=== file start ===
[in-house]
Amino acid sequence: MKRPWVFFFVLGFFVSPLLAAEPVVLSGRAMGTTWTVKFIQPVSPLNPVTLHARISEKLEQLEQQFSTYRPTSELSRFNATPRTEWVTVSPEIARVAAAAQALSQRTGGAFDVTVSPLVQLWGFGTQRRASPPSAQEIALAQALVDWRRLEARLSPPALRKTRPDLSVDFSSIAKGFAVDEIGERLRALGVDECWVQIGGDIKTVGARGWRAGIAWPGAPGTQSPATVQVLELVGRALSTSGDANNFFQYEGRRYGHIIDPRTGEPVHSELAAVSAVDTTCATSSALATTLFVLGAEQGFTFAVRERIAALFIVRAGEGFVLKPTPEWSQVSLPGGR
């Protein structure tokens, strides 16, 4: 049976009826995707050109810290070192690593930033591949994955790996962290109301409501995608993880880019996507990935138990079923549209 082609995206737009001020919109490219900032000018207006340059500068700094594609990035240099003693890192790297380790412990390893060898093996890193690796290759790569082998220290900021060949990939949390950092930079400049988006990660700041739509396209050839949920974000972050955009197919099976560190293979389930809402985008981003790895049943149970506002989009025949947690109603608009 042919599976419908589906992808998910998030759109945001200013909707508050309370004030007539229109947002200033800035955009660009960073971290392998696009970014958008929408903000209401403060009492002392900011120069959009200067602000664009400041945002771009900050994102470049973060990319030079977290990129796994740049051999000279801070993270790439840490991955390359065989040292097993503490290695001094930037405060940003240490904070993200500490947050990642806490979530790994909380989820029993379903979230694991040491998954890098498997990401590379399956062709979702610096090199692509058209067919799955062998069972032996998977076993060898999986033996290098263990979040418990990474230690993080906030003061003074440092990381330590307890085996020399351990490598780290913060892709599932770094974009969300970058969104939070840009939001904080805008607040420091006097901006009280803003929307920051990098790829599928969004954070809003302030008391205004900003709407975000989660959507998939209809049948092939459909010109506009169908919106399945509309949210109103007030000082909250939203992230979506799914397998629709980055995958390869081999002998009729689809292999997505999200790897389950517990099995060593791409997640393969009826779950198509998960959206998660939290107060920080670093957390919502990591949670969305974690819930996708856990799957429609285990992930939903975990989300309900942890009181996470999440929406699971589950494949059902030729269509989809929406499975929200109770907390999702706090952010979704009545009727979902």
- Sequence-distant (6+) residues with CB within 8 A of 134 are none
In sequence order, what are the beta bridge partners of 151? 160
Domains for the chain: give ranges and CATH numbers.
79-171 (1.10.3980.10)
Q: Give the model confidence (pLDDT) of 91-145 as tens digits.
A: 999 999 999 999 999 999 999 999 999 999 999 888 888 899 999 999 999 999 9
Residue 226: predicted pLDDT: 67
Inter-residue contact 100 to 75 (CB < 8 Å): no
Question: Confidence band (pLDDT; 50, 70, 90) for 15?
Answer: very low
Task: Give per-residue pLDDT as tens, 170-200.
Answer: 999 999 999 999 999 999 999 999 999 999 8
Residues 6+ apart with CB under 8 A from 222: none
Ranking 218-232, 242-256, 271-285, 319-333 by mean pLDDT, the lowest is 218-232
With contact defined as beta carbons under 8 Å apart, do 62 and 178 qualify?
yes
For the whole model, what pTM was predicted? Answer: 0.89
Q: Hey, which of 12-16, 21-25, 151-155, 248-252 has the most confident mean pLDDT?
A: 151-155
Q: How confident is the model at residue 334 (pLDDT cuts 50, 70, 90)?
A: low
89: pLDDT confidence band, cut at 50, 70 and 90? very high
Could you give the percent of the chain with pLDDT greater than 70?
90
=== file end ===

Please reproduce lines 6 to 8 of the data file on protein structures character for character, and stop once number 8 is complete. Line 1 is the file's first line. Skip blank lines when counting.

Domains for the chain: give ranges and CATH numbers.
79-171 (1.10.3980.10)
Q: Give the model confidence (pLDDT) of 91-145 as tens digits.